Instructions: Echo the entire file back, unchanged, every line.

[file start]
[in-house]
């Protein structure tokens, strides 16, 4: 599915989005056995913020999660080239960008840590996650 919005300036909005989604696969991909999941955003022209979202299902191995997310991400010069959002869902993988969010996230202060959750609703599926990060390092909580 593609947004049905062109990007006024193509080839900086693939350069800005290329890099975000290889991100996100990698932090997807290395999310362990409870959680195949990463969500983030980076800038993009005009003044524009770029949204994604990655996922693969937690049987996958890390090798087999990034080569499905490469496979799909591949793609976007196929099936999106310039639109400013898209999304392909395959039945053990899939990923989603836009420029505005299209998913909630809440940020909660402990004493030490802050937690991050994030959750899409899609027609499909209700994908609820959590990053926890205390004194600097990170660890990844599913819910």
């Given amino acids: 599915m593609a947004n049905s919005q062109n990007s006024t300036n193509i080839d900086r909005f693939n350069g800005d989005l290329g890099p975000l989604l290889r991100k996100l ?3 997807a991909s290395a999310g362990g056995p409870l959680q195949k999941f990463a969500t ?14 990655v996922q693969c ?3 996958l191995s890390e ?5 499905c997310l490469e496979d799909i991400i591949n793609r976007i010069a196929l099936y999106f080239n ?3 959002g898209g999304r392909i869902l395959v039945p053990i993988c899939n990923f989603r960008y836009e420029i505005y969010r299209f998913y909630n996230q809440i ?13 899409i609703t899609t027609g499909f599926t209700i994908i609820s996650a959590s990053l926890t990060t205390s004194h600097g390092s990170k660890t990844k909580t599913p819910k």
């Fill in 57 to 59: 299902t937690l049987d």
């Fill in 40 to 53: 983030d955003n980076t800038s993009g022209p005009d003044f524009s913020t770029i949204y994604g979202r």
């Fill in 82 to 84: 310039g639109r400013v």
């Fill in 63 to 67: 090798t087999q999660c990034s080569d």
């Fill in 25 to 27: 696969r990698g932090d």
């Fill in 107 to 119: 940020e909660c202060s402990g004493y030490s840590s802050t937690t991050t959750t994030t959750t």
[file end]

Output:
[in-house]
């Protein structure tokens, strides 16, 4: 599915989005056995913020999660080239960008840590996650 919005300036909005989604696969991909999941955003022209979202299902191995997310991400010069959002869902993988969010996230202060959750609703599926990060390092909580 593609947004049905062109990007006024193509080839900086693939350069800005290329890099975000290889991100996100990698932090997807290395999310362990409870959680195949990463969500983030980076800038993009005009003044524009770029949204994604990655996922693969937690049987996958890390090798087999990034080569499905490469496979799909591949793609976007196929099936999106310039639109400013898209999304392909395959039945053990899939990923989603836009420029505005299209998913909630809440940020909660402990004493030490802050937690991050994030959750899409899609027609499909209700994908609820959590990053926890205390004194600097990170660890990844599913819910």
């Given amino acids: 599915m593609a947004n049905s919005q062109n990007s006024t300036n193509i080839d900086r909005f693939n350069g800005d989005l290329g890099p975000l989604l290889r991100k996100l ?3 997807a991909s290395a999310g362990g056995p409870l959680q195949k999941f990463a969500t ?14 990655v996922q693969c ?3 996958l191995s890390e ?5 499905c997310l490469e496979d799909i991400i591949n793609r976007i010069a196929l099936y999106f080239n ?3 959002g898209g999304r392909i869902l395959v039945p053990i993988c899939n990923f989603r960008y836009e420029i505005y969010r299209f998913y909630n996230q809440i ?13 899409i609703t899609t027609g499909f599926t209700i994908i609820s996650a959590s990053l926890t990060t205390s004194h600097g390092s990170k660890t990844k909580t599913p819910k």
């Fill in 57 to 59: 299902t937690l049987d």
């Fill in 40 to 53: 983030d955003n980076t800038s993009g022209p005009d003044f524009s913020t770029i949204y994604g979202r």
């Fill in 82 to 84: 310039g639109r400013v």
């Fill in 63 to 67: 090798t087999q999660c990034s080569d």
């Fill in 25 to 27: 696969r990698g932090d």
């Fill in 107 to 119: 940020e909660c202060s402990g004493y030490s840590s802050t937690t991050t959750t994030t959750t």